Although the overall European market for electronic physical access control devices grew only by 5.5 percent in 2015, Eastern Europe has been a bright spot for the industry. Between 2015 and 2020, the Polish market is forecast to grow at a 13.1 percent compound annual growth rate (CAGR) and the Czech Republic will grow at a CAGR of 9 percent from 2015 to 2020.
There have been substantial changes in end user outlook in Eastern Europe surrounding the need for access control systems. Now end users have decided that the investment in high-quality electronic locks, advanced reader types (such as MIFARE DESFire and ICLASS SE) and other advanced access control systems is worthwhile.
This shift in end user perceptions is caused by rising security concerns in the region. Poland has not been affected directly by the territorial disputes occurring farther east in Ukraine, but the Poles are acutely aware that the region could become more unsettled if the situation were to escalate. Security concerns over Russia have led to investment in governmental access control, and government policy on access control is causing a similar impact on the private sector as well. Investment was initially focused on critical infrastructure and government markets, but now manufacturing, commercial and financial markets are experiencing big upticks in growth. Investment is also spread through each of these vertical markets, with suppliers reporting that both new construction and the retrofit markets are benefiting from the surge in available money funds.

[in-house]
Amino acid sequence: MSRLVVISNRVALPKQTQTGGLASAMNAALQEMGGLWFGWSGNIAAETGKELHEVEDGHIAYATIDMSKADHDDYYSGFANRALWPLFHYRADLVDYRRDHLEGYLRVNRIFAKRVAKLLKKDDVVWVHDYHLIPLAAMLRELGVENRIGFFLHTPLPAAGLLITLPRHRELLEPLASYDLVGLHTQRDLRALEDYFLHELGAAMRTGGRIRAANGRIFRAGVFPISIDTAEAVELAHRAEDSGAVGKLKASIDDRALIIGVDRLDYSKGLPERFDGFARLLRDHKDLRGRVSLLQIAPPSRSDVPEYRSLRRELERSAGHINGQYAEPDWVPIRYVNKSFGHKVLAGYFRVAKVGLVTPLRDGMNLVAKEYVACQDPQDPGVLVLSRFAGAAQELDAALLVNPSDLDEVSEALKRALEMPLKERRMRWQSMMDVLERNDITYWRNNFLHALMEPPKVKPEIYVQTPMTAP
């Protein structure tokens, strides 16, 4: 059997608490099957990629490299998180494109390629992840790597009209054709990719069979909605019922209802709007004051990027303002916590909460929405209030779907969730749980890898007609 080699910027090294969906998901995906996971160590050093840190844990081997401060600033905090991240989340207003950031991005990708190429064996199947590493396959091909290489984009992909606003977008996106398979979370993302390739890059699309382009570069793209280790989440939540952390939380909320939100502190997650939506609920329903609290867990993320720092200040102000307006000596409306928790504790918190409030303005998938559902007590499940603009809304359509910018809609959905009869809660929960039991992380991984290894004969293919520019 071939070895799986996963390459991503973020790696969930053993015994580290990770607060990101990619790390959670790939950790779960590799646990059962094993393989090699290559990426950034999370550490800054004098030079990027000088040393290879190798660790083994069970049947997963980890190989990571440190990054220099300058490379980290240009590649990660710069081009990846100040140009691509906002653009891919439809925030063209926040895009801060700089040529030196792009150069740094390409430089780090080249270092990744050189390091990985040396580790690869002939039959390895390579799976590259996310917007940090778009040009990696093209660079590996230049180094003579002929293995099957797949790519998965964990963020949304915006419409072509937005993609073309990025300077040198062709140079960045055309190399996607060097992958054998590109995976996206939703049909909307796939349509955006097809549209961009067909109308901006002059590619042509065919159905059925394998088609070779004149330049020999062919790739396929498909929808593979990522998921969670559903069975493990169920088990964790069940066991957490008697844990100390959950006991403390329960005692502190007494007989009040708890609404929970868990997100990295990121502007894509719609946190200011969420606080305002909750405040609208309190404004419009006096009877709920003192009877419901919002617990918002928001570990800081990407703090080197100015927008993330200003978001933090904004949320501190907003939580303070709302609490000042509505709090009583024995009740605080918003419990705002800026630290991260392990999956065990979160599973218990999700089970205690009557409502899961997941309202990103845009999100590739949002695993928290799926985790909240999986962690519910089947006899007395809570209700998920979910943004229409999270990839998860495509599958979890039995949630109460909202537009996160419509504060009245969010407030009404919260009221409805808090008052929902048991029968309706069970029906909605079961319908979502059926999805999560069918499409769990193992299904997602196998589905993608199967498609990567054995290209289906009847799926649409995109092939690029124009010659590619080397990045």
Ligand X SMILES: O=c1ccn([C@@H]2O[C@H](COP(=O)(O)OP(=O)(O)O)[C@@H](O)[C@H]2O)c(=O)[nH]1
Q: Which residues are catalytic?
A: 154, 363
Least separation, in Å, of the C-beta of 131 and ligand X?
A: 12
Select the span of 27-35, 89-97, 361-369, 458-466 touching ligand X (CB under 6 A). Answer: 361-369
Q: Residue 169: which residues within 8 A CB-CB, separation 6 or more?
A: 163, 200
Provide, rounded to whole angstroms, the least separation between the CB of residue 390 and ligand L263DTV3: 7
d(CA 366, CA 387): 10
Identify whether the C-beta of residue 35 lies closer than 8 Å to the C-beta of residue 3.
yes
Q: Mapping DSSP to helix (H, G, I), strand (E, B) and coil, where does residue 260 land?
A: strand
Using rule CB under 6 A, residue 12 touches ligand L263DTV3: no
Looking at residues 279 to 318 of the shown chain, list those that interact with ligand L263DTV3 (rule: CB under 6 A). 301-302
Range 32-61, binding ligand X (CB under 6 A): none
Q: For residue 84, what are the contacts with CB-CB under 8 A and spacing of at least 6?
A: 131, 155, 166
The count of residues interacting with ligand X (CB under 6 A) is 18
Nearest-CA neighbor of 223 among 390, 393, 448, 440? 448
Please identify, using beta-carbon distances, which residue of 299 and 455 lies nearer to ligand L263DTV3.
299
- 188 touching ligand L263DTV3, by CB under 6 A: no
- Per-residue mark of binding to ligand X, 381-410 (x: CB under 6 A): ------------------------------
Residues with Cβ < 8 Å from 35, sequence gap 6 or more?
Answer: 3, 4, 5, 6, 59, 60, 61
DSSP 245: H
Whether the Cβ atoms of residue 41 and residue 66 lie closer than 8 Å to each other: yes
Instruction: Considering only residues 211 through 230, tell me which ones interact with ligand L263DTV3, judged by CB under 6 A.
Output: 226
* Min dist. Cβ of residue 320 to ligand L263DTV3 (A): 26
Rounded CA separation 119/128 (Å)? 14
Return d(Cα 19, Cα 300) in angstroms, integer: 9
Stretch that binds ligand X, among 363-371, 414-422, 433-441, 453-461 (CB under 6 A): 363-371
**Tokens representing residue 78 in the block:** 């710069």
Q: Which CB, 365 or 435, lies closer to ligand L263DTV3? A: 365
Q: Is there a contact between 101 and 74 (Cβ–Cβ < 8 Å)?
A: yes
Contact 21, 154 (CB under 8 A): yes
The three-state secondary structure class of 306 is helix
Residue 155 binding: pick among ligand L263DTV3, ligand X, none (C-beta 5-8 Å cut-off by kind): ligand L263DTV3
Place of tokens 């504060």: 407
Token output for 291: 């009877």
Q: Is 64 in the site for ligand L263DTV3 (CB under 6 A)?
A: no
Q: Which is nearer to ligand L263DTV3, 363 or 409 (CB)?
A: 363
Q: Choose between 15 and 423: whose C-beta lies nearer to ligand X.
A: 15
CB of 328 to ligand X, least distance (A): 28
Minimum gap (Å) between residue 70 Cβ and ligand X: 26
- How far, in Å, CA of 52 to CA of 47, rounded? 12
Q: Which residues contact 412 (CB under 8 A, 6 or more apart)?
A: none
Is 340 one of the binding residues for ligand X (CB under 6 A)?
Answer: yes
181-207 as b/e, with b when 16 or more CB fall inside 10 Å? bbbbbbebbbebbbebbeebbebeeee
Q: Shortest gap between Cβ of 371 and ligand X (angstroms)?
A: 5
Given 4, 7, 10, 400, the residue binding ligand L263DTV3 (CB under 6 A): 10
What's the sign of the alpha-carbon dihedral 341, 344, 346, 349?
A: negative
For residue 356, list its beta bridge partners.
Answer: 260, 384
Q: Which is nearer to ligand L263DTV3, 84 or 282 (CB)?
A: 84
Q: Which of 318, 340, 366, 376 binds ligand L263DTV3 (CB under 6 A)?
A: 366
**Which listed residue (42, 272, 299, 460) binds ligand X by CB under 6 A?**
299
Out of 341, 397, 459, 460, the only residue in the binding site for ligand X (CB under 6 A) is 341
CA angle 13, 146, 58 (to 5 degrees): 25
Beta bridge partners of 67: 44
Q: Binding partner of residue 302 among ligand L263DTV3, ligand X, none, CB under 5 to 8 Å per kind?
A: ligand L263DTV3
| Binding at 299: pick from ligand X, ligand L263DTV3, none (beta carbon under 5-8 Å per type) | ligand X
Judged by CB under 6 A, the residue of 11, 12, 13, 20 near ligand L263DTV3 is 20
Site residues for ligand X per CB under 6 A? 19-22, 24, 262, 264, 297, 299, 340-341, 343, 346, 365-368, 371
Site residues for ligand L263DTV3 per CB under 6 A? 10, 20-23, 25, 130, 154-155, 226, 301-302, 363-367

The Czech Republic is also interested in better higher quality access control products, and security concerns have played a major role in driving the market forward, but to a lesser extent than in Poland. The Czech economy has also been performing far better than previous expectations. The economic outlook for the country peaked in 2015 with gross domestic product (GDP) growth at 4.3 percent, supported by strong industrial production.
IHS Economic Country Risk forecasts show industry production will continue to be strong, but with risks mounting, a slowdown in GDP back to the 3 percent range will occur in 2016.
Due to the growth experienced in these countries, a variety of small local manufacturers have started to appear — both on the hardware side and the software side. The growth of local companies should help develop end-user confidence in the whole market, which should lead to more long-term projects. These local companies will have an added advantage in regional markets, as they are better able to tailor their products to local tastes and can also be more reactive to end user demands.
Recent success in Poland and the Czech Republic is starting to encourage development in adjacent countries — including increased growth in Hungary, Serbia and the Baltic region. Companies based in Poland and the Czech Republic will likely play a big role in shaping the market in the rest of Eastern Europe, which is forecast to grow at a CAGR of 9.5 percent from 2015 to 2020.